Can reimagining the role of generosity cast a new light on giving as a disruptive act?
There’s a lot a talk about disruption these days. Disruptive technologies that stand to change the way we communicate or do business. Disruptive modes of speaking that broaden our lexicon and challenge our dictionaries of record. Disruptive thinking that stretches our views of the world, our communities and even ourselves.
But what if in the nonprofit world disruption is happening all the time around us, in ways so common they’ve come to be viewed as par for the course and not credited as the game-changing acts they are?
In the social-cause sphere, nonprofit campaigns and fundraisers abound. Target audiences, identified prospects and longstanding supporters are tapped for contributions. Letters of acknowledgement and thanks are issued as a matter of procedure. And organizations will reach out again, at a later date, with another ask for the next program need or annual fundraiser.
This process, on the surface, may seem rote and predictable. But within this routine series of events lurks the disruptive act of the donor as change agent.
Donors Are Everyman
Author and philosopher Edmund Burke once said, “Nobody made a greater mistake than he who did nothing because he could only do a little.”
In the eyes of some, being a donor is only for a select – and privileged – few. Though the major charitable gifts provided by the well-known, well-off and well-connected are the subject of headlines and news notes, donating is actually the province of everyman. That is, being a donor is within the capacity of individuals from practically ever rung of the socio-economic ladder and from various strata within our diverse communities.
Whether supporters give $25, $250, $2,500 or $25,000, donating can serve as an equalizing form of advocacy and disruption. Every dollar makes a difference. And both the net and compounding effect of that giving, in the aggregate, is meaningful to organizations on the receiving end. Just a few $25 donations can make the difference between funding one or several kids for a summer camp. Similarly, a few hundred dollars can signify the gulf between making due with current assets or giving a cause the flexibility to invest in newer technologies that enhance daily operations or programs.
By donating at various levels, people are empowered to show their generosity at a level according to their current ability, or in proportion to their comfort and trust level with an organization. Moreover, the byproduct of this democratized giving can be a viral one. Friends and family members of donors may begin to see that charity is within the grasp of many; they, too, then might be inspired to give, having witnessed donating as an accessible, rather than exclusive, act. At the same time, associates of higher-dollar donors may be likewise motivated, as they grow increasingly aware and knowledgeable of the causes important within their circles.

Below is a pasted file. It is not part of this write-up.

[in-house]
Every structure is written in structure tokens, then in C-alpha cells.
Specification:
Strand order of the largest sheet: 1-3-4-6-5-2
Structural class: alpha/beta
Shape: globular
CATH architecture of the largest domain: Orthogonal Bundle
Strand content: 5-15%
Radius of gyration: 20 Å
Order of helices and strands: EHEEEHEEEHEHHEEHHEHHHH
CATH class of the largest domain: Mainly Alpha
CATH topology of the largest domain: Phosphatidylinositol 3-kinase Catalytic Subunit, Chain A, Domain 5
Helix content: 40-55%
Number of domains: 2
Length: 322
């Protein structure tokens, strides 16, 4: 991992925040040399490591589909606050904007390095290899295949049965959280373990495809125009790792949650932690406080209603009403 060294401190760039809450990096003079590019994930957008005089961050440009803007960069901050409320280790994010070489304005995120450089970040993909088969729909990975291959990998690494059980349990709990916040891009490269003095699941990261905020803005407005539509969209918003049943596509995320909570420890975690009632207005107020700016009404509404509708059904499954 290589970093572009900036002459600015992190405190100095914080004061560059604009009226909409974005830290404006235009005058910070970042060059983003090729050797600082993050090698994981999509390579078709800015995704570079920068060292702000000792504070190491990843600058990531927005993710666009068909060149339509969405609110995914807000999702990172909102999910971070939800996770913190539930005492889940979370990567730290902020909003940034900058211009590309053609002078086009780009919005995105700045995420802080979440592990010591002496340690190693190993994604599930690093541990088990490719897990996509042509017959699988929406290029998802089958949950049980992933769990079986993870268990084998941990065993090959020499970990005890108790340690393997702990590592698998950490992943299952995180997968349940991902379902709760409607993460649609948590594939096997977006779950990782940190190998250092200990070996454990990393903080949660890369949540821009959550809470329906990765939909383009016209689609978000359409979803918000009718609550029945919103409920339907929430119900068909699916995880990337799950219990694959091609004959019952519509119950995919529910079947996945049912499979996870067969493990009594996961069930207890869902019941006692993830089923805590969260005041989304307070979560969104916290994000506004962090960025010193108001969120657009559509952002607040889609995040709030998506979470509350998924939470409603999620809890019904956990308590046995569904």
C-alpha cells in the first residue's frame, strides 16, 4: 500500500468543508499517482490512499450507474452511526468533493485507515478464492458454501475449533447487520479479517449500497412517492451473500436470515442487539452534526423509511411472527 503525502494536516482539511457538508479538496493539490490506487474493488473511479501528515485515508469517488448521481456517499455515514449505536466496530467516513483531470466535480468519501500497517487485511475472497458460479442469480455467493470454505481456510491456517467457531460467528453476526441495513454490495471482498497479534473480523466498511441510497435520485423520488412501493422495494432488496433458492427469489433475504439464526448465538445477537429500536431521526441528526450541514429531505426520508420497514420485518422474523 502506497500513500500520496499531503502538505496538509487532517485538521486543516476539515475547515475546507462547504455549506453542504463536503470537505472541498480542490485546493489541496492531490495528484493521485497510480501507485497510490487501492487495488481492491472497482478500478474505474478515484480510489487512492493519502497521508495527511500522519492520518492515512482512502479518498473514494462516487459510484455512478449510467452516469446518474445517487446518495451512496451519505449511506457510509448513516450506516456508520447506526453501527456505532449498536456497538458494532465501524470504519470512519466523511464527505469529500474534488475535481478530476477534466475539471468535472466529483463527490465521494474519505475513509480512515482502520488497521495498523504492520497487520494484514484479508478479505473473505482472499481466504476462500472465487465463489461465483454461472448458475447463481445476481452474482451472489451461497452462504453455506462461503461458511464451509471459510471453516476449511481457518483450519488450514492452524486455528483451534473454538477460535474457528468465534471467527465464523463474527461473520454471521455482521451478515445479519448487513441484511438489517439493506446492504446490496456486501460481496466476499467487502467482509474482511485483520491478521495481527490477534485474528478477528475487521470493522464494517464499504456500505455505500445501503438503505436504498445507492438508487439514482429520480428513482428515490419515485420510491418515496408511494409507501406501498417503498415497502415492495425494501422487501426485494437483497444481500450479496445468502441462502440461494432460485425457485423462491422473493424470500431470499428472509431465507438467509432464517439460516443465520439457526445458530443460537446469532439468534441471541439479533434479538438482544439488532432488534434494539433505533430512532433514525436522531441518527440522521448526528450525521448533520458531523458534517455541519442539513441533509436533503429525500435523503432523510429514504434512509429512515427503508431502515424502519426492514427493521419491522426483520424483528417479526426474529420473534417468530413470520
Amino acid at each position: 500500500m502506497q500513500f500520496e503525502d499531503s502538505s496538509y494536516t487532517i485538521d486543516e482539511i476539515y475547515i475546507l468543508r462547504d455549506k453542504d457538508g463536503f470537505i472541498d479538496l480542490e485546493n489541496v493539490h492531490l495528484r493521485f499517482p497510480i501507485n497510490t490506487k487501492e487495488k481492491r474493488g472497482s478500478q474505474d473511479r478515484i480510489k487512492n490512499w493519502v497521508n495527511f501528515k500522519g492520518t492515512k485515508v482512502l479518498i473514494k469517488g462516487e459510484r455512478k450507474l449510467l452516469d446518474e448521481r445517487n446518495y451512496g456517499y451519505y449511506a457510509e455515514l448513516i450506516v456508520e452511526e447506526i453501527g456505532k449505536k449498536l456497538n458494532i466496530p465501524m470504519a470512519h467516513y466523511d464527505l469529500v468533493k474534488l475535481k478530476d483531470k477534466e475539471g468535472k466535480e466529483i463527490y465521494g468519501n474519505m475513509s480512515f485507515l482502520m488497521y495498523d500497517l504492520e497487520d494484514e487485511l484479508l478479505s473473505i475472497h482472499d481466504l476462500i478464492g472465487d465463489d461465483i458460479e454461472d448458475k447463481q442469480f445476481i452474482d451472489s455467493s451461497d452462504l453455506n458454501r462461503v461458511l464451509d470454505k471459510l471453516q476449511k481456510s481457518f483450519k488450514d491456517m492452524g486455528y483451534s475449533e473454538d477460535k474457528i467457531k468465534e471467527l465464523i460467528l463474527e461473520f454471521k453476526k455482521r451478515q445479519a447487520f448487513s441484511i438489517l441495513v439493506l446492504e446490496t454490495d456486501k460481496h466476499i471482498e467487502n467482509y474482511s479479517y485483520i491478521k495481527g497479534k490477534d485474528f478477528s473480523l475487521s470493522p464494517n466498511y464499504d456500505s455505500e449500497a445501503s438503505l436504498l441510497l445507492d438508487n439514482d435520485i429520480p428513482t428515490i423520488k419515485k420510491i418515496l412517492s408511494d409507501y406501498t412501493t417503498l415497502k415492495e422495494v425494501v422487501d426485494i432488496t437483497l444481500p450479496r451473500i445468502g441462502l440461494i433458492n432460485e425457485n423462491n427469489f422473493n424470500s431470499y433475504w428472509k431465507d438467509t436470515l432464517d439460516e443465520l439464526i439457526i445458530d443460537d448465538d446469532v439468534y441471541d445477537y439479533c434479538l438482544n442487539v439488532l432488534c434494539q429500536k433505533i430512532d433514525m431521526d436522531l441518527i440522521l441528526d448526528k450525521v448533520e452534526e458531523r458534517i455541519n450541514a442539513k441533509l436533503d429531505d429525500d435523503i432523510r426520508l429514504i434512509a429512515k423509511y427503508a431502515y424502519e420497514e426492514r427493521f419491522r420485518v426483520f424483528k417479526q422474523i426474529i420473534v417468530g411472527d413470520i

Donors Are Doers
The most well-intentioned among us make declarations and promises all the time. Perhaps this tendency is a matter of human nature or encoded in our collective American subconscious. Either way, many of us probably cannot begin to count the number of times we’ve heard a friend, colleague, family member or even ourselves say something like, “When I get enough time, I’m going to . . . “ or “One day, if I ever get some extra cash, I will . . . ,” or “When my schedule calms down, I’m certainly planning to . . .”
Donors get dibs on the bragging rights of making good on their goals. Giving is a productive act – one that first begins in the mind, commonly sparked by an event, experience or exposure that creates the impetus for contributing. Donating, then, requires proactive action on the part of the donor. Writing a check, making an online contribution, committing to a pledge or even enrolling in an auto-draft donation program are all purposeful acts.
Donating cannot be calculated in terms of man hours, like those who help a cause by participating in a service project, for instance. However, that the act of monetary donating does not break a sweat or deliver in-kind resources (like paint, brushes, nails or glue) does not diminish the very tangible outcomes provided dollars can produce.
Donors Are Deliberate
Donors exercise agency.
They become aware of a need, issue or cause. They deepen their level of awareness. They often talk to others about the topic. And then they move to action by literally “putting their money where their mouth is.”
“In our busy lives, with so many demands and obligations, it can begin to feel like we exercise minimal control over what we do and don’t do. Conversely, donating is a decision; it is truly a choice,” says Wakeman Agency CEO and founder Vanessa Wakeman. “Taking the lead to support something you believe in, when not required by anyone outside of oneself, has enormous appeal.”
How else can the narrative around the donor be reframed to catalyze increased fundraising? Can an expansion in our groupthink about donors benefit nonprofits’ coffers – and organizations’ brand awareness? Share with us in The Wakeman Agency’s Facebook community.